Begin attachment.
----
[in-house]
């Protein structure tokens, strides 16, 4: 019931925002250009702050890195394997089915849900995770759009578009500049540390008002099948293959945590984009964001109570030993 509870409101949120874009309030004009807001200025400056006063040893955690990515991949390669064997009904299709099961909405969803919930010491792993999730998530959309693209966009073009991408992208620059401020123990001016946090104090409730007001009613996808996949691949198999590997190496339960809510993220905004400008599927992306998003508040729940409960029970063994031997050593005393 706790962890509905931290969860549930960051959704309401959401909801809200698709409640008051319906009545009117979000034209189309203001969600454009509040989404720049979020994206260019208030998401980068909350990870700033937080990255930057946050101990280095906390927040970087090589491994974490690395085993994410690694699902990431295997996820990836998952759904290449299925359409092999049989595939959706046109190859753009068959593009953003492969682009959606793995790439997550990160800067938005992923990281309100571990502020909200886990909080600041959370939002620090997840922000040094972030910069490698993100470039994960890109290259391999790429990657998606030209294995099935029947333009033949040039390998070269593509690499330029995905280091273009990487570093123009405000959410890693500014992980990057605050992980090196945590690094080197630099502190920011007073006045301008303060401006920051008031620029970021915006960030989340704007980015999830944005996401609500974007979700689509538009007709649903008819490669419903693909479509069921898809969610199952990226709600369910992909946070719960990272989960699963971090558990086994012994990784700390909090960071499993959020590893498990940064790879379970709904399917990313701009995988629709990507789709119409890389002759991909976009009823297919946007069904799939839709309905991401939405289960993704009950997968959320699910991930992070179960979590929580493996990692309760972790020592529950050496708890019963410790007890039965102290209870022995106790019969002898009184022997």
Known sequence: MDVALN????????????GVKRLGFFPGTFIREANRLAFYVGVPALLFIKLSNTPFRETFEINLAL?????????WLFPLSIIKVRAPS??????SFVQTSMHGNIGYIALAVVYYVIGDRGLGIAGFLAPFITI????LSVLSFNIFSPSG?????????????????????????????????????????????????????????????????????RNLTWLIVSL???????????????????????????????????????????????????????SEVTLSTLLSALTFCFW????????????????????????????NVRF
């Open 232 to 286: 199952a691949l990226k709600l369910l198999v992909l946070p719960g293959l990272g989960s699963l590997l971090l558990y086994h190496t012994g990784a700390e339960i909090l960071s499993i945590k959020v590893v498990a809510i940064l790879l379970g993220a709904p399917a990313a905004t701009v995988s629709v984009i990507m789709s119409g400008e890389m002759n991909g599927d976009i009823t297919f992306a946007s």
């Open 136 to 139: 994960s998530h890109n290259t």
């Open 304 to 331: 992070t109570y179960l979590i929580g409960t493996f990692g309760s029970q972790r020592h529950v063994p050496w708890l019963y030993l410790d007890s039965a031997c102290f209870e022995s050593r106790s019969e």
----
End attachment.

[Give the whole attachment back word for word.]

[in-house]
């Protein structure tokens, strides 16, 4: 019931925002250009702050890195394997089915849900995770759009578009500049540390008002099948293959945590984009964001109570030993 509870409101949120874009309030004009807001200025400056006063040893955690990515991949390669064997009904299709099961909405969803919930010491792993999730998530959309693209966009073009991408992208620059401020123990001016946090104090409730007001009613996808996949691949198999590997190496339960809510993220905004400008599927992306998003508040729940409960029970063994031997050593005393 706790962890509905931290969860549930960051959704309401959401909801809200698709409640008051319906009545009117979000034209189309203001969600454009509040989404720049979020994206260019208030998401980068909350990870700033937080990255930057946050101990280095906390927040970087090589491994974490690395085993994410690694699902990431295997996820990836998952759904290449299925359409092999049989595939959706046109190859753009068959593009953003492969682009959606793995790439997550990160800067938005992923990281309100571990502020909200886990909080600041959370939002620090997840922000040094972030910069490698993100470039994960890109290259391999790429990657998606030209294995099935029947333009033949040039390998070269593509690499330029995905280091273009990487570093123009405000959410890693500014992980990057605050992980090196945590690094080197630099502190920011007073006045301008303060401006920051008031620029970021915006960030989340704007980015999830944005996401609500974007979700689509538009007709649903008819490669419903693909479509069921898809969610199952990226709600369910992909946070719960990272989960699963971090558990086994012994990784700390909090960071499993959020590893498990940064790879379970709904399917990313701009995988629709990507789709119409890389002759991909976009009823297919946007069904799939839709309905991401939405289960993704009950997968959320699910991930992070179960979590929580493996990692309760972790020592529950050496708890019963410790007890039965102290209870022995106790019969002898009184022997």
Known sequence: MDVALN????????????GVKRLGFFPGTFIREANRLAFYVGVPALLFIKLSNTPFRETFEINLAL?????????WLFPLSIIKVRAPS??????SFVQTSMHGNIGYIALAVVYYVIGDRGLGIAGFLAPFITI????LSVLSFNIFSPSG?????????????????????????????????????????????????????????????????????RNLTWLIVSL???????????????????????????????????????????????????????SEVTLSTLLSALTFCFW????????????????????????????NVRF
């Open 232 to 286: 199952a691949l990226k709600l369910l198999v992909l946070p719960g293959l990272g989960s699963l590997l971090l558990y086994h190496t012994g990784a700390e339960i909090l960071s499993i945590k959020v590893v498990a809510i940064l790879l379970g993220a709904p399917a990313a905004t701009v995988s629709v984009i990507m789709s119409g400008e890389m002759n991909g599927d976009i009823t297919f992306a946007s």
């Open 136 to 139: 994960s998530h890109n290259t």
């Open 304 to 331: 992070t109570y179960l979590i929580g409960t493996f990692g309760s029970q972790r020592h529950v063994p050496w708890l019963y030993l410790d007890s039965a031997c102290f209870e022995s050593r106790s019969e």